Interview with Mja Principe
Mja Principe is a founding member and Convener of the South African Pagan Council. I interview her about the South African Law Reform Commission’s review of the Witchcraft Suppression Act and the newly proposed Prohibition of Harmful Practices Associated with Witchcraft Beliefs Bill.
Q. What do you think of the SALRC’s proposed Prohibition of Harmful Practices Associated with Witchcraft Beliefs Bill?
Mja Principe: I am pleased that the old colonial Act is being abolished, but feel that the replacement Bill now in discussion, will catapult us into a further Dark Age of legalized accusations and the gradual erosion of traditional customs, cultural ways and the rights of religious minorities like self-identified Witches.
Q. Do you think new legislation is required to deal with muthi murder?
Mja Principe: I don’t understand why those reforming the Law insist on attaching adjectives to crimes. Is murder not just simply murder? And are violence and mutilations not simply violence and mutilations? The Human Tissues Act is there to punish those trafficking in human body parts, and any form of assault, incitement to violence etc. can and should be addressed by common law and the provisions of our country’s Judiciary System.
Q. Clearly SALRC believes that muthi murders do have something to do with witchcraft. Does muthi murder have anything to do with modern Witchcraft?
Mja Principe: Not at all. Modern Witchcraft is a religion and therefore protected under our Constitution. The words “witch” and “witchcraft” should therefore not appear in legislation in relation to muthi murders, for it is a misnomer and prejudicial towards those who self-define as Witches. It furthermore opens the door to continued hunts of the disempowered, elderly, sickly, suspected of being involved in harmful African magic, but who are simply scapegoats for those actually busy with the harvest and sale of body parts used in the making of “strong medicine”.
Q. How do you think ‘harmful supernatural witchcraft acts’ are going to be proven?
Mja Principe: How can anything which is not tangible, which cannot be proven or corroborated due to lack of evidence and its own very ephemeral nature, be used in a Court of Law? People are going to accuse on suspicion and in the face of lack of evidence people’s judgment will be clouded with fear, making it so that the innocent will continue to be hunted, ostracized and killed.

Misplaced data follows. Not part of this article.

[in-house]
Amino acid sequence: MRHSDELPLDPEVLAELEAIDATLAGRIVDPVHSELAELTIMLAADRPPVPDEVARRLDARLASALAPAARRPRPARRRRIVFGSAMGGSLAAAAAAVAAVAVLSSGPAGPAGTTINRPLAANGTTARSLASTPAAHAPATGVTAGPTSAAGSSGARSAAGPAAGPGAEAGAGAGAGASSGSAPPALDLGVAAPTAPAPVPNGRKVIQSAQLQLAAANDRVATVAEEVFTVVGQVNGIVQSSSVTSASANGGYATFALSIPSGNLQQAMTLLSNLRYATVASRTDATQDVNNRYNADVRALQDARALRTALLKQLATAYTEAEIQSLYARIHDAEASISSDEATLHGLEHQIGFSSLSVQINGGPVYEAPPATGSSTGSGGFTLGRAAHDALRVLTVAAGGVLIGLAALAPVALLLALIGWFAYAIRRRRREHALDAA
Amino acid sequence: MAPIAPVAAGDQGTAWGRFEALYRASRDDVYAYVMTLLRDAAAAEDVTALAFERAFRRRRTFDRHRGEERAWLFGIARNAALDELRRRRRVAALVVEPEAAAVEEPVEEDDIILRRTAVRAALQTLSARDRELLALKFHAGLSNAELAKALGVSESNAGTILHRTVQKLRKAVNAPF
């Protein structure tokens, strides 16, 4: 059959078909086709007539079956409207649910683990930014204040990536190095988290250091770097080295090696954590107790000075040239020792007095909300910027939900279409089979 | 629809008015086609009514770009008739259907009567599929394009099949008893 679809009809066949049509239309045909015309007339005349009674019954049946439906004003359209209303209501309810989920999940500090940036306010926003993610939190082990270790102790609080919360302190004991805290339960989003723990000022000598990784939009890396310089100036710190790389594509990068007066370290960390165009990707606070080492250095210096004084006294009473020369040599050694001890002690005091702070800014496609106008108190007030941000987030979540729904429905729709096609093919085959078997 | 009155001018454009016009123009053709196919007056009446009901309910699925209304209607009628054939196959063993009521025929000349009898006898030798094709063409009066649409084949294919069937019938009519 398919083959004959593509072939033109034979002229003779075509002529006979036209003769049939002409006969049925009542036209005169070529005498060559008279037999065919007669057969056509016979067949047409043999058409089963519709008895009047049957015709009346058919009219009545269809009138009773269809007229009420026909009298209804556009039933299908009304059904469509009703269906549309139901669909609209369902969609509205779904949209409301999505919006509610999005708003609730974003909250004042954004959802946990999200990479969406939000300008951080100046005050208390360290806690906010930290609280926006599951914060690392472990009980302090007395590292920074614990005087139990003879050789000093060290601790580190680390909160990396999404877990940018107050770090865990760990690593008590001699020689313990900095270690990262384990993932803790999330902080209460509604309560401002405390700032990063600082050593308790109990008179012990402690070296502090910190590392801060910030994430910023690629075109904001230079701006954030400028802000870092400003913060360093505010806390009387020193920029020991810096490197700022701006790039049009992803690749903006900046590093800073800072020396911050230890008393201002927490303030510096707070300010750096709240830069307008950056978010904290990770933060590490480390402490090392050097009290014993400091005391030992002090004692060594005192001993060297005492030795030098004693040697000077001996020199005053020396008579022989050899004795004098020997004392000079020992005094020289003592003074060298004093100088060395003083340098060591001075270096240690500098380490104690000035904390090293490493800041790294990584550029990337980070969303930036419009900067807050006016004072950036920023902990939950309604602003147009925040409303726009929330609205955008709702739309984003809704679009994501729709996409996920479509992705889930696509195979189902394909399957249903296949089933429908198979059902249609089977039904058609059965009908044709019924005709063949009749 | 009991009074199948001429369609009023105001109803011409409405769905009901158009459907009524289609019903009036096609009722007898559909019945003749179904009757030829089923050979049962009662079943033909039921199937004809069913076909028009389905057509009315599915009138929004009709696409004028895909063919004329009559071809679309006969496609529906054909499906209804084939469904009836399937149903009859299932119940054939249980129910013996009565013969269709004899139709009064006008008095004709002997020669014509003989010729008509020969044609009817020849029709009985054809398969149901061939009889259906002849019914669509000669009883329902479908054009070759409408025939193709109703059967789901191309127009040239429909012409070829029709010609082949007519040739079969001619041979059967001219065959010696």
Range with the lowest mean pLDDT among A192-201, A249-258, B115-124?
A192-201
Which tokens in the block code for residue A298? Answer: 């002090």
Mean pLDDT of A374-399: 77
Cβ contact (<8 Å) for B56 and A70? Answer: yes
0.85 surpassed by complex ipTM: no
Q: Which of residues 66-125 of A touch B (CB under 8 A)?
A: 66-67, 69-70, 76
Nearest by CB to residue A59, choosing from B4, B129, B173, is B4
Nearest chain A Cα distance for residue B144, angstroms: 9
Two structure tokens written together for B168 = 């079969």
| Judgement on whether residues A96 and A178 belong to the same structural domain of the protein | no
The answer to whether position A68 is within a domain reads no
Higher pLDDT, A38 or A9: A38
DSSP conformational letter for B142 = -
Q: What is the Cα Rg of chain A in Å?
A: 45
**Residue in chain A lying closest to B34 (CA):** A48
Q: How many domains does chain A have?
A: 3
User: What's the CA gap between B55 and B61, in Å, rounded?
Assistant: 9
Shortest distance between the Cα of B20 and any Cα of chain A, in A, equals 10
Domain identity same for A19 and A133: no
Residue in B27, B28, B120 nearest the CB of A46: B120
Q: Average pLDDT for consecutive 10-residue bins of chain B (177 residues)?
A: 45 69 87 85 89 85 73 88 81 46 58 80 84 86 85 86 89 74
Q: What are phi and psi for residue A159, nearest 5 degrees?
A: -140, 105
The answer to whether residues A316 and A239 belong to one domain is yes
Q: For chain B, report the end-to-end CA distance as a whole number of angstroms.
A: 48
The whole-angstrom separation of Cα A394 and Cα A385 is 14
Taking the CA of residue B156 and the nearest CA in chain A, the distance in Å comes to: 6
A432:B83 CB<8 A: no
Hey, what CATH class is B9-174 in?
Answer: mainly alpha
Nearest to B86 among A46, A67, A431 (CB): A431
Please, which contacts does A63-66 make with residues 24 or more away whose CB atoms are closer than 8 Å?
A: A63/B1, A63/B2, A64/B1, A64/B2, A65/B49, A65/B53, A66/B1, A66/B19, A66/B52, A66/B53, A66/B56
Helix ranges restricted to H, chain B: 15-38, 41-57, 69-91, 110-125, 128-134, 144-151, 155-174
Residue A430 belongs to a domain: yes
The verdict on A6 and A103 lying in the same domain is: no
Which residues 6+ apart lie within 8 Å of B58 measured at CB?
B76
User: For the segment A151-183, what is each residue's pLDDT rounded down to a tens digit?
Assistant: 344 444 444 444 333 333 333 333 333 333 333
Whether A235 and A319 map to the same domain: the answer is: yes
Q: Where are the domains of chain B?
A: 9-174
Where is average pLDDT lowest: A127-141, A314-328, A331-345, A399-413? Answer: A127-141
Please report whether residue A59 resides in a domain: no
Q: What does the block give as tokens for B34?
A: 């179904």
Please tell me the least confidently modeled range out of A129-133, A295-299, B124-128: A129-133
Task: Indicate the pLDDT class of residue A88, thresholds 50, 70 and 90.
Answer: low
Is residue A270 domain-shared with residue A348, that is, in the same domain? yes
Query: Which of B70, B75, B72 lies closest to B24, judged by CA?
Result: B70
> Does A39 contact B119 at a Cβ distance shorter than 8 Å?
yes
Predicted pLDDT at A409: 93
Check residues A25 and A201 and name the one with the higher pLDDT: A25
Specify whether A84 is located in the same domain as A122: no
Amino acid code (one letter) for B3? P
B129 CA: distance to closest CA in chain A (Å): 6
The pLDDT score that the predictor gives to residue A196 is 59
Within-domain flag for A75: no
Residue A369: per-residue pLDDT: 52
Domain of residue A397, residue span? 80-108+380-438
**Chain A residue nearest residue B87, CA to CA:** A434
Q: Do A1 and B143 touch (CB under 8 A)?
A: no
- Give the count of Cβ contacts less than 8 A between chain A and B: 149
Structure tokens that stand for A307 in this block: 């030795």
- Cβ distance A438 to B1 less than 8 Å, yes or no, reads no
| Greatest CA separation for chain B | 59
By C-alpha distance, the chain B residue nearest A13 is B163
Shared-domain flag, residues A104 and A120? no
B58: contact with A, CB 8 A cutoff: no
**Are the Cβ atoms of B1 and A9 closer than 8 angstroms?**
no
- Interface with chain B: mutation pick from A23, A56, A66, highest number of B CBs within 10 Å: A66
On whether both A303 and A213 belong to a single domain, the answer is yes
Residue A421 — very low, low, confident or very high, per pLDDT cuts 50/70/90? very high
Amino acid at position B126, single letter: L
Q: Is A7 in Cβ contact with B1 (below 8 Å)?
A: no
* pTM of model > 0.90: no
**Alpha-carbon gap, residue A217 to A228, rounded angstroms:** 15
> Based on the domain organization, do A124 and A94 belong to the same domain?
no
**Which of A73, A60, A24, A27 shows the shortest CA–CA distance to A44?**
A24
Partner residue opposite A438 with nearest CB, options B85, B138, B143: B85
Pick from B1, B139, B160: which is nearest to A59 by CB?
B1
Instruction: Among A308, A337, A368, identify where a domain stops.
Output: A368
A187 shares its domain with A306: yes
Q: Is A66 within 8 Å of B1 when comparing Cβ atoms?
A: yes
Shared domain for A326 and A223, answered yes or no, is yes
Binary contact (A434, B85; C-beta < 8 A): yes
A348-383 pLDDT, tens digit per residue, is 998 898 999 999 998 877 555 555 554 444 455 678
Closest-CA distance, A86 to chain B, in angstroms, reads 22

Q. Do you think this Bill will encourage accusations of witchcraft?
Mja Principe: Most certainly. How can one possibly curb witch-hunts by making witchcraft accusations legal? It just makes no sense! Such legislation would be an incitement to violence and therefore, in the first place illegal. It would also give those in charge the right to accuse on mere suspicion and without proper evidence. As you, yourself said, Damon, “you cannot prevent witch-hunts by legalizing accusations of witchcraft”.
Q. Do you think new legislation should be drafted to prevent accusations of witchcraft?
Mja Principe: Why go to the trouble and expense of doing that, when Common Law is already there to address all forms of crime?
Q. Are Pagan Witches and Traditional Healers ever going to be able to reconcile their differences on the question of witchcraft?
Mja Principe: Not unless they both focus on the Human Rights issues at stake and take to heart the matter that, although customs, religion and traditions should never be penalised, that affording organisations, groups, bodies, anti-constitutional misnomers within the legislation, will only lead to abuse of power, further violence, mutilations and perpetuate the crimes said legislation is supposed to discourage. Our country’s laws are more than adequate and should be properly enforced.
If the above is accomplished then I see no reason why Traditional Healers and Pagan Witches cannot co–exist in a climate of acceptance and mutual respect.